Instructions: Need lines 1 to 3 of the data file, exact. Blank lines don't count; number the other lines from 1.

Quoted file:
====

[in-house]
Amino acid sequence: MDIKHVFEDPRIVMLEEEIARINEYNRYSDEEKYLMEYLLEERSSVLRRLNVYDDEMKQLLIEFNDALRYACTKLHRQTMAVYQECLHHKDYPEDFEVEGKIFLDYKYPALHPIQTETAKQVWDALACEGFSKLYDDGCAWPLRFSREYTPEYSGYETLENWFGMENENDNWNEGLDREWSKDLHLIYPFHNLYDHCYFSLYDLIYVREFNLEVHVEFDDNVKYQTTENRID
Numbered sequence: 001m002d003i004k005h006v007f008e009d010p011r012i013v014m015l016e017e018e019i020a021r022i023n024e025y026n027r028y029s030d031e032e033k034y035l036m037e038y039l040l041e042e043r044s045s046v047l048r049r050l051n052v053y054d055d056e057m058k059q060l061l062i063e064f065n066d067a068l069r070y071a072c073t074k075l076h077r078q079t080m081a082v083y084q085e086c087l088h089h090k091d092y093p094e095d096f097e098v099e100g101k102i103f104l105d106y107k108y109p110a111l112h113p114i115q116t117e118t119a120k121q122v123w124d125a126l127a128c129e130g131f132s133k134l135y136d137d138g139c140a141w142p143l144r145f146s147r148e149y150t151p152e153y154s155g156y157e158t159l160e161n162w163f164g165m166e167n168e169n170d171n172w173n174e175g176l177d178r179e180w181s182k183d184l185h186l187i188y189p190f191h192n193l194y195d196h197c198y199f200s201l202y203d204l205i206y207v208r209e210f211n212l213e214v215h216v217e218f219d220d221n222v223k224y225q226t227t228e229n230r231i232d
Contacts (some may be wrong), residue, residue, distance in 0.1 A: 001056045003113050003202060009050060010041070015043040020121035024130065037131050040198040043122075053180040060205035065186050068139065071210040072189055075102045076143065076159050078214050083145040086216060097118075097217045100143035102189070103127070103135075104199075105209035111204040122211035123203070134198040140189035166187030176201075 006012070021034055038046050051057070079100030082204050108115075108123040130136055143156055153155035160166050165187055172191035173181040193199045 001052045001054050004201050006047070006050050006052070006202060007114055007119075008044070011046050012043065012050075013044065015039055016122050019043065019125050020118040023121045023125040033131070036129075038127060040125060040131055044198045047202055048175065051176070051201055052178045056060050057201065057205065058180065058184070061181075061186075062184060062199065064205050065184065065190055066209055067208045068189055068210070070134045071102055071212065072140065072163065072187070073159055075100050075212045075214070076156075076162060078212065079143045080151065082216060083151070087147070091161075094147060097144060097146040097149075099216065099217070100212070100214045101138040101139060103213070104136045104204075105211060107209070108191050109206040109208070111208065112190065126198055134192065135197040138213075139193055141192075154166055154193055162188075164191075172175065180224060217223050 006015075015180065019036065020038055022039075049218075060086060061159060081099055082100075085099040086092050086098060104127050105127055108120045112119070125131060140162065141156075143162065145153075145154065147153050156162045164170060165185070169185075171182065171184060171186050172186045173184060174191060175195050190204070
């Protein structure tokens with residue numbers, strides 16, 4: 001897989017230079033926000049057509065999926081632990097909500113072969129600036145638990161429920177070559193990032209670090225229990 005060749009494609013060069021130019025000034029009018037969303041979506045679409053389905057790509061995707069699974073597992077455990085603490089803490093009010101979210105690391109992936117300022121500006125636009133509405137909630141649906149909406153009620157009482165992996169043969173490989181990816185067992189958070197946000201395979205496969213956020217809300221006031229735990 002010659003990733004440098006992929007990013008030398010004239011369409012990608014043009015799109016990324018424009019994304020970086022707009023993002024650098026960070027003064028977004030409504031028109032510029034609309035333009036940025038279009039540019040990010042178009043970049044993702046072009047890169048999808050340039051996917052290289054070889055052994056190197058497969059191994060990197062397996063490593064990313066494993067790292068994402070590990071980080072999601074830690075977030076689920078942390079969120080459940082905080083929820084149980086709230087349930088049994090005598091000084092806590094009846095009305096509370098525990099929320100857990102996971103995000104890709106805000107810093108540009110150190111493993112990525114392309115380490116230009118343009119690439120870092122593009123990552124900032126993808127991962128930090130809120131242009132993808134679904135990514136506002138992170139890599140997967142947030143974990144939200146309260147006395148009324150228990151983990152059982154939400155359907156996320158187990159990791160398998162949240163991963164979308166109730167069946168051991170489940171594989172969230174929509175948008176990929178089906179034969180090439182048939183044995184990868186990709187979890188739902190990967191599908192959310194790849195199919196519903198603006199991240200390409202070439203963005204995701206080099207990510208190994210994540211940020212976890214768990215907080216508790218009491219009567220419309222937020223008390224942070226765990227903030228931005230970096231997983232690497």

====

[in-house]
Amino acid sequence: MDIKHVFEDPRIVMLEEEIARINEYNRYSDEEKYLMEYLLEERSSVLRRLNVYDDEMKQLLIEFNDALRYACTKLHRQTMAVYQECLHHKDYPEDFEVEGKIFLDYKYPALHPIQTETAKQVWDALACEGFSKLYDDGCAWPLRFSREYTPEYSGYETLENWFGMENENDNWNEGLDREWSKDLHLIYPFHNLYDHCYFSLYDLIYVREFNLEVHVEFDDNVKYQTTENRID
Numbered sequence: 001m002d003i004k005h006v007f008e009d010p011r012i013v014m015l016e017e018e019i020a021r022i023n024e025y026n027r028y029s030d031e032e033k034y035l036m037e038y039l040l041e042e043r044s045s046v047l048r049r050l051n052v053y054d055d056e057m058k059q060l061l062i063e064f065n066d067a068l069r070y071a072c073t074k075l076h077r078q079t080m081a082v083y084q085e086c087l088h089h090k091d092y093p094e095d096f097e098v099e100g101k102i103f104l105d106y107k108y109p110a111l112h113p114i115q116t117e118t119a120k121q122v123w124d125a126l127a128c129e130g131f132s133k134l135y136d137d138g139c140a141w142p143l144r145f146s147r148e149y150t151p152e153y154s155g156y157e158t159l160e161n162w163f164g165m166e167n168e169n170d171n172w173n174e175g176l177d178r179e180w181s182k183d184l185h186l187i188y189p190f191h192n193l194y195d196h197c198y199f200s201l202y203d204l205i206y207v208r209e210f211n212l213e214v215h216v217e218f219d220d221n222v223k224y225q226t227t228e229n230r231i232d